We live here and bought an Italian car for our own use. The insurance was ridiculous so we went for worldwide insurance through Clements so that we could drive it all over Europe without limits. This was for the same price as Italian 3rd party insurance.For our second car we bought from the UK. There are many LHD cars fro sale there and it seems that many people are leaving Spain and selling the cars they took there. We bought such a car from www.lhdautos.com and then insured it through stuart@collinsinsurance.demon.co.uk.We drove it down and now have a car which cost us less than we could but it for here and it was insured fully comp at 1/4 the price we could insure it here for. The car is regsitered to our sons address but it is insured to be in Italy permanently.We met a person last week who bought a 13 year old LHD Peugeot 107 for £300, drove it down and also insures it now through the above. They will simply fly and catch the train  to come over then use it whilst over here. (I'd prefer one with aircon though) 

In reply to by SanG

If your LHD car  resides permanently in Italy, presumably you will have to obtain Italian plates for it. If it still has UK plates,will you not have to drive it back every year for it's MOT? It appears from previous threads and postings that a car must have a certificate of roadworthiness of some sort, either Italian or UK, in order to validate the insurance. 

In reply to by Dylano

The insurance requirements is that it is kept in a roadworthy condition (not certificated surprisingly). We will have our car serviced to the standard of the Italian Revisione at a Revisione centre. The only difference is that we don't get entered on the system like an Italian registered car.

It sounds as if you have found a simple and cost effective way round the difficulties experienced by other posters. I would, however, like to read the comments of the experts in this field, before going down the same road!!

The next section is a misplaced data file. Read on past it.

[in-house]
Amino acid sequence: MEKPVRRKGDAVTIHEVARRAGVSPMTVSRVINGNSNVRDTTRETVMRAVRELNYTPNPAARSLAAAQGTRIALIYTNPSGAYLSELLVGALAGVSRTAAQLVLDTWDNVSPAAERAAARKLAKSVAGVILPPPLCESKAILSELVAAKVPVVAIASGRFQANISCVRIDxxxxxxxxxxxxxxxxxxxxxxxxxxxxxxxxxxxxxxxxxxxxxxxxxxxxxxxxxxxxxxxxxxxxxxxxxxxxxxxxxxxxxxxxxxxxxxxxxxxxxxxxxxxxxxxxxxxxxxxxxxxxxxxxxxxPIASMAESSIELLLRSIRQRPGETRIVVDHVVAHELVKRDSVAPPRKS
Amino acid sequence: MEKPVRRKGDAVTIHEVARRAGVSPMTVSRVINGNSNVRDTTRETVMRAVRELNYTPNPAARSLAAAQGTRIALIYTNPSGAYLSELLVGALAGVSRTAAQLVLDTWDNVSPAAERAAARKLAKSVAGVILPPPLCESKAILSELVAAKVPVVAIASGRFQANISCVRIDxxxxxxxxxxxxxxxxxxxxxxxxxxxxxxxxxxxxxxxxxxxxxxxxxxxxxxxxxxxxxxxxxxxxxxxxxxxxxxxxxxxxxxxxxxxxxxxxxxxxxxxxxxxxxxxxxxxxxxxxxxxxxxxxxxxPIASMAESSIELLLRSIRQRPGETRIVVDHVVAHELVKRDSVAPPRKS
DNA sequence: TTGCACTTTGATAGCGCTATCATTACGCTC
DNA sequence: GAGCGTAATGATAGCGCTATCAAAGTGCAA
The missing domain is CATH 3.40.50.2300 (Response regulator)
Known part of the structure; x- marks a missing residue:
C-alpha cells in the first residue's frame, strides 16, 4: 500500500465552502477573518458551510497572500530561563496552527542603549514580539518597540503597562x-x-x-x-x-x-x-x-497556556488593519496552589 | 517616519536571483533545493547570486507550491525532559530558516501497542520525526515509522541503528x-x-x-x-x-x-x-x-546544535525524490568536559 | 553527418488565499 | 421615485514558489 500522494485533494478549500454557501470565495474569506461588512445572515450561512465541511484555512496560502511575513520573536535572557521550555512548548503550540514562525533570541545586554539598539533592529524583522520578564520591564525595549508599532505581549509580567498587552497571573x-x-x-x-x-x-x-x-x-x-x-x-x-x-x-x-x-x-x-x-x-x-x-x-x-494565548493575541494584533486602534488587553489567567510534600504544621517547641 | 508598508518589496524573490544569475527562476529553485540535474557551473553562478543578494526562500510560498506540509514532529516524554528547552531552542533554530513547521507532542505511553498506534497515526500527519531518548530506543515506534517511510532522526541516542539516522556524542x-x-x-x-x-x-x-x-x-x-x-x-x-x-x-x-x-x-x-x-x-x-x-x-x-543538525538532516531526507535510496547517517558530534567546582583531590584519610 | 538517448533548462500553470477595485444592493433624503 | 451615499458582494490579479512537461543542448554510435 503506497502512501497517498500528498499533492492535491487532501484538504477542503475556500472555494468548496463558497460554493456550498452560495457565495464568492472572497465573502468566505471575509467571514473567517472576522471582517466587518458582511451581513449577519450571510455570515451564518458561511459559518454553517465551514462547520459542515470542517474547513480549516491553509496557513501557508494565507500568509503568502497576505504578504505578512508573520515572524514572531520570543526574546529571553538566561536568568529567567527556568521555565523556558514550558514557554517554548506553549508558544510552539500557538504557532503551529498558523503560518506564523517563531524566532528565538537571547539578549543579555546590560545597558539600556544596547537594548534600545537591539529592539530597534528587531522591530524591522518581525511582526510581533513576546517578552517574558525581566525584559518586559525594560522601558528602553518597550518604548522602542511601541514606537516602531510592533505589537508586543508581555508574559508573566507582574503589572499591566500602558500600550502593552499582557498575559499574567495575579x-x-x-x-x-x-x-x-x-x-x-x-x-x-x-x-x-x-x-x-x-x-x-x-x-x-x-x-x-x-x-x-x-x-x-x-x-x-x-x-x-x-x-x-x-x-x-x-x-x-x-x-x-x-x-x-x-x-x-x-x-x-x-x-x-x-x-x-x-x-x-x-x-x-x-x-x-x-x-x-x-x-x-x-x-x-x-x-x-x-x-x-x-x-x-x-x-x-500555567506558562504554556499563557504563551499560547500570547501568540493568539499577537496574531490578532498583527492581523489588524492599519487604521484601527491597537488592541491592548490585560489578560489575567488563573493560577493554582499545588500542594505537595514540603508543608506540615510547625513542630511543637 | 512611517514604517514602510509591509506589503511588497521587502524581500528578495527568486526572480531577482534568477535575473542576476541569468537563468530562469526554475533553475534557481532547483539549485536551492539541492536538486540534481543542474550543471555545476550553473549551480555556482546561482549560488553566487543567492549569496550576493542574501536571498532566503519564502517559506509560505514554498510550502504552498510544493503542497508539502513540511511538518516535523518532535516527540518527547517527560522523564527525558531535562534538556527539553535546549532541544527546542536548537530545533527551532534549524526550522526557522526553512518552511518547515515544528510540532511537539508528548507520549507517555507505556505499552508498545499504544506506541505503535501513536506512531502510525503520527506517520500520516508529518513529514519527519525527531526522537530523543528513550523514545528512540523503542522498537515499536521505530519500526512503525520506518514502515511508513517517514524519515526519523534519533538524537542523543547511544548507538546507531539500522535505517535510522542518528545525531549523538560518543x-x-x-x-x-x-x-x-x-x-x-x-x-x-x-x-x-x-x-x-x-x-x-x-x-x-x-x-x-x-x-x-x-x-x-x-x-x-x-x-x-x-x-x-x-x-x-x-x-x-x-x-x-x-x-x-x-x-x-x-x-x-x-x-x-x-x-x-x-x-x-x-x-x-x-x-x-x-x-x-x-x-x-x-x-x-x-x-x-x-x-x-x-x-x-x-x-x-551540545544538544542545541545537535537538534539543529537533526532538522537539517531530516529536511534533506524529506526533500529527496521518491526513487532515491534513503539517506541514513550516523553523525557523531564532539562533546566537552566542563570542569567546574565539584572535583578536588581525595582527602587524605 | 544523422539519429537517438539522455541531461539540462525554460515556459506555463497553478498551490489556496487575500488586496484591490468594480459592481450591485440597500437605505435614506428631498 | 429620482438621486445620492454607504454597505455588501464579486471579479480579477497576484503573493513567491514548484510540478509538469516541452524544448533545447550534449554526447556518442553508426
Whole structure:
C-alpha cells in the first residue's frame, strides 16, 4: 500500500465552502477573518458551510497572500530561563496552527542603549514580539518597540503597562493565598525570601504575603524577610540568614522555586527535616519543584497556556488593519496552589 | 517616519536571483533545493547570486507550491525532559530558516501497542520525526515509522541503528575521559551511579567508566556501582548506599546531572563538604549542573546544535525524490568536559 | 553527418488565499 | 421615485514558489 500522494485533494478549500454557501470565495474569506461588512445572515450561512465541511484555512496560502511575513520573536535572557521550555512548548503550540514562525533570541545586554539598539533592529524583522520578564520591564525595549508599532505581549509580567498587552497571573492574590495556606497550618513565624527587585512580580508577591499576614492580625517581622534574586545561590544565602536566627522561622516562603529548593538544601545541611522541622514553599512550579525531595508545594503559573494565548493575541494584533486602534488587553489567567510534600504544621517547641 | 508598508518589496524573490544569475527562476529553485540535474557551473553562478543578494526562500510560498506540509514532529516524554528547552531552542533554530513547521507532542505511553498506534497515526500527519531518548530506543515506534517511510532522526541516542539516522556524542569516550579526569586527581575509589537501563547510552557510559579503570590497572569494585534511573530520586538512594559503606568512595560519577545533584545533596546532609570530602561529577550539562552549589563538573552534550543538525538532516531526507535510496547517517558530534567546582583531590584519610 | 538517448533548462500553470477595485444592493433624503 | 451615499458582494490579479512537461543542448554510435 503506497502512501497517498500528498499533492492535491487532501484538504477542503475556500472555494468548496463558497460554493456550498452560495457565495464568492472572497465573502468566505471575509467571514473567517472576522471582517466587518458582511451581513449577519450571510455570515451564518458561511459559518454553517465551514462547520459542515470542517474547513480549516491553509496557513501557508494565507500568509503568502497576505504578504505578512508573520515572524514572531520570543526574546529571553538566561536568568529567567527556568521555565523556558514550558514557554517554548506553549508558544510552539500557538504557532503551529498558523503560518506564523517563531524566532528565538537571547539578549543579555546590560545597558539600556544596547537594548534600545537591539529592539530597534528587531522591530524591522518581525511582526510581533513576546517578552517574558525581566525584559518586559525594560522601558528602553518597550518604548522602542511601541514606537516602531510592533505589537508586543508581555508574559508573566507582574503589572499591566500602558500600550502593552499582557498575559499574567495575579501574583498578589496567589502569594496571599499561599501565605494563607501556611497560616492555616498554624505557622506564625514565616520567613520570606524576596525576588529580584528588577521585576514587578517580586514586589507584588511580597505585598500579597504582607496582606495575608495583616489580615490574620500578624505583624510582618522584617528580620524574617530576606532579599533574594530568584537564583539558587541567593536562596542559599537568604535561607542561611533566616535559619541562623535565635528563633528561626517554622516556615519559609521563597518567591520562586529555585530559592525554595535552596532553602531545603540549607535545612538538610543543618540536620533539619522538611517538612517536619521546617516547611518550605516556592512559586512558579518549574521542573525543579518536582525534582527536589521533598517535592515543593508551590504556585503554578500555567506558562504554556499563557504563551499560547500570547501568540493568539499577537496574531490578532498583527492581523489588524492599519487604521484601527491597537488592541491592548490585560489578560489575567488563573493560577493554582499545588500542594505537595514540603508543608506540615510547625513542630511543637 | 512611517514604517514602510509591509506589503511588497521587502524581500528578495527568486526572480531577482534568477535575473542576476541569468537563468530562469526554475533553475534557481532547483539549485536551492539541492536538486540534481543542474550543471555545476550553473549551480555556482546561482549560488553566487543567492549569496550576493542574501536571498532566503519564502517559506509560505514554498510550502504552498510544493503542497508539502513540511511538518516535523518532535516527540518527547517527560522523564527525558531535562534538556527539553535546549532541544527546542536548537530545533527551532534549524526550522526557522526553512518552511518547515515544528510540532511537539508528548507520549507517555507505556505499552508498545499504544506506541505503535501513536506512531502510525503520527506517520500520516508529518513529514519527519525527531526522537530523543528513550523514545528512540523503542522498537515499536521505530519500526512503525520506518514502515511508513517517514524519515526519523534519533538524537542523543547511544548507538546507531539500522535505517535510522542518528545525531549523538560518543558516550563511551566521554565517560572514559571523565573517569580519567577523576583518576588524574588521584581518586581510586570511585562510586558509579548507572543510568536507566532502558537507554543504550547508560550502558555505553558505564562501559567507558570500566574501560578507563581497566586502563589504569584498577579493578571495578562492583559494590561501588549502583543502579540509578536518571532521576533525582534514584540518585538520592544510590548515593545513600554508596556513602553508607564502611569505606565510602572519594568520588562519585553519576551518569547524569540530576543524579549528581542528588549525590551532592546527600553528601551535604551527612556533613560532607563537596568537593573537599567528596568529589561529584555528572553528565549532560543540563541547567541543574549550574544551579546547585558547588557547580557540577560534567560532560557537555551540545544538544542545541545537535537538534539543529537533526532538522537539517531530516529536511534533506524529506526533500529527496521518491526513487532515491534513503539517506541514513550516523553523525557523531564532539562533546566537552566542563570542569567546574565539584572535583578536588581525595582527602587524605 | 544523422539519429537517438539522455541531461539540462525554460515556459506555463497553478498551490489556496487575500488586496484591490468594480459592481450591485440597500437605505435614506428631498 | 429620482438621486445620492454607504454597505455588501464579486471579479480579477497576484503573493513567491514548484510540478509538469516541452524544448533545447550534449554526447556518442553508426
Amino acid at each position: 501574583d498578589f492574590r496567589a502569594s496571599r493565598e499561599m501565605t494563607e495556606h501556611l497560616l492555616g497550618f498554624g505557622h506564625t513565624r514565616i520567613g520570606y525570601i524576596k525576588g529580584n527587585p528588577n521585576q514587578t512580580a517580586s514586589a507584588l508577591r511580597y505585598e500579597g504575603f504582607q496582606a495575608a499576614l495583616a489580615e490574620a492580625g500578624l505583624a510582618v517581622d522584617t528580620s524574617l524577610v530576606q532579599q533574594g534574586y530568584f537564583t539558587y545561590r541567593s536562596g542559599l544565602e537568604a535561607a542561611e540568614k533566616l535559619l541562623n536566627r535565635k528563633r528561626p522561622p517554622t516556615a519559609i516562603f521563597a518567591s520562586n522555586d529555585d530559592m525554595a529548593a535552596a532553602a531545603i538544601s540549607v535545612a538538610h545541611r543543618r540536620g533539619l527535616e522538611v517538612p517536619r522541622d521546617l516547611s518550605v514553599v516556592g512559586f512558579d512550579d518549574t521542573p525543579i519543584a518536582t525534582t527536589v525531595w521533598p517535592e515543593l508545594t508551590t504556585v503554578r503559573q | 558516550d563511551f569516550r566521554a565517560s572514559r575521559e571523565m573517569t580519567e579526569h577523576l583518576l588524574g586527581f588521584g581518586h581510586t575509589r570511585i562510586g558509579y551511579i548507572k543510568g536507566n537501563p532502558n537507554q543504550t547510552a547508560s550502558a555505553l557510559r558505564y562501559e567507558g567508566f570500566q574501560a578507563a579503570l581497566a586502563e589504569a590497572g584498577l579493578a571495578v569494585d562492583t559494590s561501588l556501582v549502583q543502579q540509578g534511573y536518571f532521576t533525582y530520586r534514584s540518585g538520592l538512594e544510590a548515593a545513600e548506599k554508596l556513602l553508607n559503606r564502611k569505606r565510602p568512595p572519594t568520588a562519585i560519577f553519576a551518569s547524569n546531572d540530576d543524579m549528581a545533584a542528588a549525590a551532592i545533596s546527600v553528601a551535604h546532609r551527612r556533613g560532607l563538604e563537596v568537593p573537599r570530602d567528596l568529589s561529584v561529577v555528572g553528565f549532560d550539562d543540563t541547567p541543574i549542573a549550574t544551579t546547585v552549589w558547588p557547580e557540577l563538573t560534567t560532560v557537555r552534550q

How will you be able to get your Road Tax? As all the system is online now Insurance details are automatically linked to DVLC, but if you do not have an MOT how will this work...

theres is a lot about this  below is a bit of the codice stradale with comments  books.google.it/books this is the ACI site... same law http://www.aci.it/index.php?id=593now i dont bother much with it and it concerns me little if people choose to do things inventively... but its obvious there is a catch somewhere... and it seems to me from what i have read and i am no lawyer that a vehicle is allowed here for 12 months... how do they know how long ...well if you bring in a vehicle you are supposed to declare it...and get a date stamped..if planning to be here a long time...  after twelve months it has to be taken away... if kept longer it can be confiscated... these rules only apply to non italian residents... thats where you can get caught out i belive... if you buy your home and live here as a resident these laws do not apply to you...ie an italian resident cannot keep a foreign plated car in Italy for twelve months... thats how i read it anyway.... so if using residency here to gain on some things and you have a foreign plated car then the two cannot be...you have to choose one or the other...comments????  

We have been officially Resident here for 18 months now, and I still have my UK registered Car here and use it all the time. Our Village has both a Caribineri and a Policeman in and both of them are aware of this fact. My car is taxed, insured and will soon have it's MOT (when we go back to UK for a visit). I know all the Printed Laws say that 12 months is the max allowed for re registering Cars in Italy, but I know of at least 4 UK registered Cars that are in my area that have been here for min 2 years 1 I know has been in Italy for 6 years.Many people have their vehicles registerd in the UK (via family/freinds residences) for whatever reason, and as far as I'm aware the practice is widespread throughout Europe, even an Italian friend in the UK has had his Italian Reg car over there for 2 years.The view of our local Caribineri is that if you have all the paperwork and the car is roadworthy then your OK.

In reply to by Anonymous (not verified)

 gromit you are right...there seems to be no control and yes it seems there is no interest from street police... its the fact that someone asked if there were any rules which interested me... and prompted the post i guess the point is as regards the law is that anyone resident here not re-registering there car is as far as i can see breaking the law... because a resident of italy is not allowed to run a car fro even a year ...the 12 month rule is for non residents... a resident of italy has to run a car registered in italy with italian plates and paying road tax... i guess thats the main point about the rules is that as a resident you are avoiding paying the annual taxs on your car... and am not sure but it would make ant insurance compant have a pretty good get out should something occur that required an insurance claim... i agree its all unlikely...  but from reading through the laws...albeit...skimming it seems thats the way of things...